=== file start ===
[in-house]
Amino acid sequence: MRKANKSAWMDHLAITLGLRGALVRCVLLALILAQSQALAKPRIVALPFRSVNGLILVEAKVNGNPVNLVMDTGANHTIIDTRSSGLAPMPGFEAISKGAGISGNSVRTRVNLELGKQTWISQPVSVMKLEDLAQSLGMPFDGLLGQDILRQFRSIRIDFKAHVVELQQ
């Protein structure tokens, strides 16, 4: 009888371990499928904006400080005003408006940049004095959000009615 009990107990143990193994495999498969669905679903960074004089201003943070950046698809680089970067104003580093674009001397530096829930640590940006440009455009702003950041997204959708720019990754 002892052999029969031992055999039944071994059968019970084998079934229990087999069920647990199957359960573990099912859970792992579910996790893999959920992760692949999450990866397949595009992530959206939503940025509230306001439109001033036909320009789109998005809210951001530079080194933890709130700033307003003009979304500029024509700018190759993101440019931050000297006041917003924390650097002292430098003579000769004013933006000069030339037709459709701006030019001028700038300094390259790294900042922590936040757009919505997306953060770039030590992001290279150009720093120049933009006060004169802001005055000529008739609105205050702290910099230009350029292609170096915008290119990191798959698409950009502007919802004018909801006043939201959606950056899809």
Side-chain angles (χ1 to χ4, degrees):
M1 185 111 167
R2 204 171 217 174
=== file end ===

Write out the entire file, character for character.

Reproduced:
[in-house]
Amino acid sequence: MRKANKSAWMDHLAITLGLRGALVRCVLLALILAQSQALAKPRIVALPFRSVNGLILVEAKVNGNPVNLVMDTGANHTIIDTRSSGLAPMPGFEAISKGAGISGNSVRTRVNLELGKQTWISQPVSVMKLEDLAQSLGMPFDGLLGQDILRQFRSIRIDFKAHVVELQQ
């Protein structure tokens, strides 16, 4: 009888371990499928904006400080005003408006940049004095959000009615 009990107990143990193994495999498969669905679903960074004089201003943070950046698809680089970067104003580093674009001397530096829930640590940006440009455009702003950041997204959708720019990754 002892052999029969031992055999039944071994059968019970084998079934229990087999069920647990199957359960573990099912859970792992579910996790893999959920992760692949999450990866397949595009992530959206939503940025509230306001439109001033036909320009789109998005809210951001530079080194933890709130700033307003003009979304500029024509700018190759993101440019931050000297006041917003924390650097002292430098003579000769004013933006000069030339037709459709701006030019001028700038300094390259790294900042922590936040757009919505997306953060770039030590992001290279150009720093120049933009006060004169802001005055000529008739609105205050702290910099230009350029292609170096915008290119990191798959698409950009502007919802004018909801006043939201959606950056899809």
Side-chain angles (χ1 to χ4, degrees):
M1 185 111 167
R2 204 171 217 174